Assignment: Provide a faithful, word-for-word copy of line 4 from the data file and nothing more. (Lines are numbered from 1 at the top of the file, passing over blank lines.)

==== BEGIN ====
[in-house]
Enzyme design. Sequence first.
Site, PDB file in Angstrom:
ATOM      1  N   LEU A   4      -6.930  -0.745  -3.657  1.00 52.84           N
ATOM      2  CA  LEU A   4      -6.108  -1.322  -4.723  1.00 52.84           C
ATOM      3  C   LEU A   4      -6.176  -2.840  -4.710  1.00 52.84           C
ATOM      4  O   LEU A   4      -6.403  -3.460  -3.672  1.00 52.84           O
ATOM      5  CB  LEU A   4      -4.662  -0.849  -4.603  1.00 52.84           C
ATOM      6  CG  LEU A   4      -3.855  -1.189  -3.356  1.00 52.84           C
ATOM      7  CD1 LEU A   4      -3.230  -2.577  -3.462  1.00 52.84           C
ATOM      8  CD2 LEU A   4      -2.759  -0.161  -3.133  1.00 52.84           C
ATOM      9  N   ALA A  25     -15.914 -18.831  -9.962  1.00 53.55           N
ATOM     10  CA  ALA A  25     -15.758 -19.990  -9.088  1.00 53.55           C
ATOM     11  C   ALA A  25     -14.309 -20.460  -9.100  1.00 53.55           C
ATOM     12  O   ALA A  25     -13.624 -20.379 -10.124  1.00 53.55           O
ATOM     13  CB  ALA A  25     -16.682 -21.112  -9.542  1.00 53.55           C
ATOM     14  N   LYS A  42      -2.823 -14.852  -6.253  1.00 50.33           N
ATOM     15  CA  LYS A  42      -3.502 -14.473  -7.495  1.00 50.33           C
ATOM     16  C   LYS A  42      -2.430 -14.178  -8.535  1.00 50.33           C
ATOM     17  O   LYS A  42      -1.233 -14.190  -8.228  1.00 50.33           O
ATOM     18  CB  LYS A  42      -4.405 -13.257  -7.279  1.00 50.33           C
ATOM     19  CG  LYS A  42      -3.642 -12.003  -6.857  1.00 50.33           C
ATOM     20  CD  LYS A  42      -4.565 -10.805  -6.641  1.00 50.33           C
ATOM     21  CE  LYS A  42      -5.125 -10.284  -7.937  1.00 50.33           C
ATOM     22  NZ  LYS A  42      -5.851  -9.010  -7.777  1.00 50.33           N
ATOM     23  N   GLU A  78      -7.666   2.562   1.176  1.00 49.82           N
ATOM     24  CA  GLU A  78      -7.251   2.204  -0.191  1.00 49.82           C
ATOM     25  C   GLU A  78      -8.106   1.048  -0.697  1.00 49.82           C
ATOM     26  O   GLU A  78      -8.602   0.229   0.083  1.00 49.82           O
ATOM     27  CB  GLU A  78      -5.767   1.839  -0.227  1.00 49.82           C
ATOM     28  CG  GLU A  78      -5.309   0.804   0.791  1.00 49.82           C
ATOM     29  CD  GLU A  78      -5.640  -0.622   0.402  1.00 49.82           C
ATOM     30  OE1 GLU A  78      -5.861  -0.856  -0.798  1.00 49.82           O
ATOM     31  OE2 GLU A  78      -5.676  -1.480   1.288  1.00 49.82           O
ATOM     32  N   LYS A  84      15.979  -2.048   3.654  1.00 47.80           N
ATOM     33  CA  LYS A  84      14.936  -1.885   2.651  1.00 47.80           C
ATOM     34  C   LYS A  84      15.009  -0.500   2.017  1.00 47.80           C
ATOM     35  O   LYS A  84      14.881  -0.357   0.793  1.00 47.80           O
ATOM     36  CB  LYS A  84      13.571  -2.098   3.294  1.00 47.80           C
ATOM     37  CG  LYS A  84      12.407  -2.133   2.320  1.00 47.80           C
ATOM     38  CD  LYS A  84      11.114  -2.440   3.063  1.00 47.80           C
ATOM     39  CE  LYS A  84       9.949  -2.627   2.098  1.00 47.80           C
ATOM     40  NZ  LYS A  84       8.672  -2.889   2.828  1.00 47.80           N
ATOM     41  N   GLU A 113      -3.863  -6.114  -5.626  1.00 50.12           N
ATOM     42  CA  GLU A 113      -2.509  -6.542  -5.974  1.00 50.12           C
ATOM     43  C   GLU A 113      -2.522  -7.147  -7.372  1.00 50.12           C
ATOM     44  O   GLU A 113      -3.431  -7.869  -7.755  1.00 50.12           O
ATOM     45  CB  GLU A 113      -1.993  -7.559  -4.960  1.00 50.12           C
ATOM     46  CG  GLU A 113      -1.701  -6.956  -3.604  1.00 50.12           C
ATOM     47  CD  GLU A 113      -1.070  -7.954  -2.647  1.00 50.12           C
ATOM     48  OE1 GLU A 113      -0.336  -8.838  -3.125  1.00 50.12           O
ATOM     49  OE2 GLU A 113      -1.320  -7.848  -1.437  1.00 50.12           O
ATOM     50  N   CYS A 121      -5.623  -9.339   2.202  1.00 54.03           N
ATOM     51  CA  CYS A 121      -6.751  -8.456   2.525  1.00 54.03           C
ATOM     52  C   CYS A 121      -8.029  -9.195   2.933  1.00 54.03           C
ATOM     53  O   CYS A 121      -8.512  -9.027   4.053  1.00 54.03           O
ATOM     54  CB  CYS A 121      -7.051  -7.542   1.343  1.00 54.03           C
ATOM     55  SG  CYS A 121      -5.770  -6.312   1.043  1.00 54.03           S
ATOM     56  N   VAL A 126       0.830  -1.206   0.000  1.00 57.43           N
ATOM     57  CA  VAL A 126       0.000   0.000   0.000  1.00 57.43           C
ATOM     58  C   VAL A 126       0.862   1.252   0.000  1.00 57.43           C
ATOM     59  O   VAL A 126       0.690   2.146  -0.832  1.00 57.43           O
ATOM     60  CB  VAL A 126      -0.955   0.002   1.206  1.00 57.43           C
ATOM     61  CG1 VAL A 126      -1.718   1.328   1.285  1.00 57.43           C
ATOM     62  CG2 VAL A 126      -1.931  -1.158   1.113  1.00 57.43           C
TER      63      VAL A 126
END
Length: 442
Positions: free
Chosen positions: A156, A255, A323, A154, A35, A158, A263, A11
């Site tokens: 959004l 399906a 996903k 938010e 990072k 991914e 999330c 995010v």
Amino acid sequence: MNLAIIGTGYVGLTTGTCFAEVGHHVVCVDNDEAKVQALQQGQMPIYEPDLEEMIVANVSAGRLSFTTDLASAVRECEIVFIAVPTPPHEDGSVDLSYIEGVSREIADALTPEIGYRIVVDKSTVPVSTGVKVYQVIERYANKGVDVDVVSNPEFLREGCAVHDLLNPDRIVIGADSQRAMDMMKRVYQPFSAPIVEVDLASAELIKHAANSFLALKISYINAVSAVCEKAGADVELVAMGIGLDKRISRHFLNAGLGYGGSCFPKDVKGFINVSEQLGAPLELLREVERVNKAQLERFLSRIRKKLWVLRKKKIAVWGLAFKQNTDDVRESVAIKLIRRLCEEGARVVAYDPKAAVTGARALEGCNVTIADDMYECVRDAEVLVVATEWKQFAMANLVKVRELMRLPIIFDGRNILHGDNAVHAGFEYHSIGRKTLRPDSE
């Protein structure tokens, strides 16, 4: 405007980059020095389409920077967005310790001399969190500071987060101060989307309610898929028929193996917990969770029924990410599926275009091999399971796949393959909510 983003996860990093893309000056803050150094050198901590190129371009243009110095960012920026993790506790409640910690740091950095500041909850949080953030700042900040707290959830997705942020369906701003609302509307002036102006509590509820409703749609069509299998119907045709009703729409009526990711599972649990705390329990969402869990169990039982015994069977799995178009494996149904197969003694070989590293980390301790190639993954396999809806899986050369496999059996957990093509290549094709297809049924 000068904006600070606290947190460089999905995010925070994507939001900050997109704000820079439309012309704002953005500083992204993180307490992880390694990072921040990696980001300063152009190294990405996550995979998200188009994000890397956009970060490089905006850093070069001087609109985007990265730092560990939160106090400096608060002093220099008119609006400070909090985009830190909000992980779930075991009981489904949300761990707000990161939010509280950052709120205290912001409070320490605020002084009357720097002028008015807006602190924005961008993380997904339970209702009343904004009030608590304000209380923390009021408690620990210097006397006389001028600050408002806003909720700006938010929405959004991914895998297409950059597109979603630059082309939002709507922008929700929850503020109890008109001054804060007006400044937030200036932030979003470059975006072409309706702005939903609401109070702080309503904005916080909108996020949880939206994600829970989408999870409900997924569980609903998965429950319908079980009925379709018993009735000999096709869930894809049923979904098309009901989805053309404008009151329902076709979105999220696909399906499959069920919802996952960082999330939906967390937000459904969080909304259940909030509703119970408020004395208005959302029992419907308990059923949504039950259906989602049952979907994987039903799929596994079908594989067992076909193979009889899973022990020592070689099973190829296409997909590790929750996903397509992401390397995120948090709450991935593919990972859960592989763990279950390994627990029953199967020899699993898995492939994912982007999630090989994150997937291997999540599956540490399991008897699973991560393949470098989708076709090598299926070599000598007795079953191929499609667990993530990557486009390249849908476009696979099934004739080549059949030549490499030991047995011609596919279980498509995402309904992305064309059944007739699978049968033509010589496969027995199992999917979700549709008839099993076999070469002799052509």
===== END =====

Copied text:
ATOM      1  N   LEU A   4      -6.930  -0.745  -3.657  1.00 52.84           N